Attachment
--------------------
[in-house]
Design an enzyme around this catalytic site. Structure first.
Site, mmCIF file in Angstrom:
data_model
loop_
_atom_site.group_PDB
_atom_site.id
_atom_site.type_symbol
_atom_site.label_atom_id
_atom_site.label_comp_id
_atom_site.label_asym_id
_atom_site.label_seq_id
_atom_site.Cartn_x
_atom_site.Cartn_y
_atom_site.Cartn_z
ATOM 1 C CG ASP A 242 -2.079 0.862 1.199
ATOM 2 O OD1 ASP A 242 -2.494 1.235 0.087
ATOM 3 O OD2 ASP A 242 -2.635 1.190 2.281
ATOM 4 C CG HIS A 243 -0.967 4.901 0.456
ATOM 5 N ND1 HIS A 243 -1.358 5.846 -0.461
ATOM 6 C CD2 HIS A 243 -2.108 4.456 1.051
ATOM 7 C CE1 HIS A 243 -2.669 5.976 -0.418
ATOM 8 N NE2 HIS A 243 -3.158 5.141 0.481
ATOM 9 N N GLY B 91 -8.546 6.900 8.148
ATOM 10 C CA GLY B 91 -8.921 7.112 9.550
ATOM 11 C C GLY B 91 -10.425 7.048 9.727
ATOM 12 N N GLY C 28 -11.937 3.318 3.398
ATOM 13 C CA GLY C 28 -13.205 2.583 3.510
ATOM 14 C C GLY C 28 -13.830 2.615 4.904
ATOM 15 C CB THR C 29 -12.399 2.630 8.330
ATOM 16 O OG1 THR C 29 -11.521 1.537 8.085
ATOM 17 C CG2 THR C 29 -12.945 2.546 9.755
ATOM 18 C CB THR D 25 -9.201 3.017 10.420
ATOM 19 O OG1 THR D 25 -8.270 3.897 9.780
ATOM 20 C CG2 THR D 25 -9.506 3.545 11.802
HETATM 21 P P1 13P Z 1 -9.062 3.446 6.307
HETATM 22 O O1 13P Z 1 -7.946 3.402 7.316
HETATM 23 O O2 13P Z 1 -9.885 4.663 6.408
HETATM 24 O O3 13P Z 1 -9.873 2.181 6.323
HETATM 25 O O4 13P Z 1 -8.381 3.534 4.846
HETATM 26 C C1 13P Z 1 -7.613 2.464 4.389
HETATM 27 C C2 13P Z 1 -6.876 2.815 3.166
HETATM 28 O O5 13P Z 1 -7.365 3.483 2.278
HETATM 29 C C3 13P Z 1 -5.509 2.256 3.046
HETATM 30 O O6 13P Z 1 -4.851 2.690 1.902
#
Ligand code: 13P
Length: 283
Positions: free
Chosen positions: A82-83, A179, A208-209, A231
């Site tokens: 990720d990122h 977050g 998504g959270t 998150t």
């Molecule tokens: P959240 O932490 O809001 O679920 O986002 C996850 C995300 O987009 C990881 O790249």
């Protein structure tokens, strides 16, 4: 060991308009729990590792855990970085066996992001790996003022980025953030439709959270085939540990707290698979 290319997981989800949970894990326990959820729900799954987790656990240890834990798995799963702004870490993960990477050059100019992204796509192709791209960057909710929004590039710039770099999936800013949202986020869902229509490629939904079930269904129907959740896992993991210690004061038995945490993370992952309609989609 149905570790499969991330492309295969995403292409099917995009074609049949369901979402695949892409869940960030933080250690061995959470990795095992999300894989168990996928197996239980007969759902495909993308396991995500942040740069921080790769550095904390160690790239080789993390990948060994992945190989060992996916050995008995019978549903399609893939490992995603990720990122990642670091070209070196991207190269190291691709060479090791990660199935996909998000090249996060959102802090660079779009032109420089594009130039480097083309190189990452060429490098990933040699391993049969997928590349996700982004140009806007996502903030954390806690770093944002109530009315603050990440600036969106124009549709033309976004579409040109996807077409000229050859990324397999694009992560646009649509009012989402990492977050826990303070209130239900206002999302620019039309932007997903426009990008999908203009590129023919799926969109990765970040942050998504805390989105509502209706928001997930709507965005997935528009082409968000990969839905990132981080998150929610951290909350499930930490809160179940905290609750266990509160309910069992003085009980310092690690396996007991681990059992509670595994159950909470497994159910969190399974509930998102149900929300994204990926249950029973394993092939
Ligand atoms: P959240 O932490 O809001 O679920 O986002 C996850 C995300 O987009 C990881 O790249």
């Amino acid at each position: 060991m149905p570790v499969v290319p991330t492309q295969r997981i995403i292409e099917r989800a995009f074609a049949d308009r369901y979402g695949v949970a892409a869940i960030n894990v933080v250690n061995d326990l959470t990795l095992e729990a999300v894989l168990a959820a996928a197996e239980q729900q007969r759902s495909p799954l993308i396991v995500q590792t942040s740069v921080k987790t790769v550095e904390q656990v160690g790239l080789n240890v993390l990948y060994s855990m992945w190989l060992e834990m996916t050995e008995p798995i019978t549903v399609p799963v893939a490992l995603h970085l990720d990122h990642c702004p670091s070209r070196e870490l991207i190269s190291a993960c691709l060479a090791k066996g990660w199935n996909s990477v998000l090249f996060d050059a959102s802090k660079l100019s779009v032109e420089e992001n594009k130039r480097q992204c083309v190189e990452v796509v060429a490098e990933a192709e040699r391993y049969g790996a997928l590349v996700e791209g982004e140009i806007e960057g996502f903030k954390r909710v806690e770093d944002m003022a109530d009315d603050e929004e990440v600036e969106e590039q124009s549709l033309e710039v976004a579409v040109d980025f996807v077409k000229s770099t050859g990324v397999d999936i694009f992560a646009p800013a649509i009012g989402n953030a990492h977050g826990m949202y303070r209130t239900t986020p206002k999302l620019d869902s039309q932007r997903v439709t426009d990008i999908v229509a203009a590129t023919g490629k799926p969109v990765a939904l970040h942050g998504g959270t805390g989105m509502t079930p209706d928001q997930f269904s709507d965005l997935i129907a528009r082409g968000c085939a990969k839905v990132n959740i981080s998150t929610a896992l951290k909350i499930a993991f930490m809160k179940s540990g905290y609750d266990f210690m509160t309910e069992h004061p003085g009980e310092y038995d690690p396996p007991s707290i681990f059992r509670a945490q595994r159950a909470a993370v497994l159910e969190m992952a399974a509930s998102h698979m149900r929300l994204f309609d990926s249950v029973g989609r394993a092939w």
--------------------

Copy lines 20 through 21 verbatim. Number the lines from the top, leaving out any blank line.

ATOM 5 N ND1 HIS A 243 -1.358 5.846 -0.461
ATOM 6 C CD2 HIS A 243 -2.108 4.456 1.051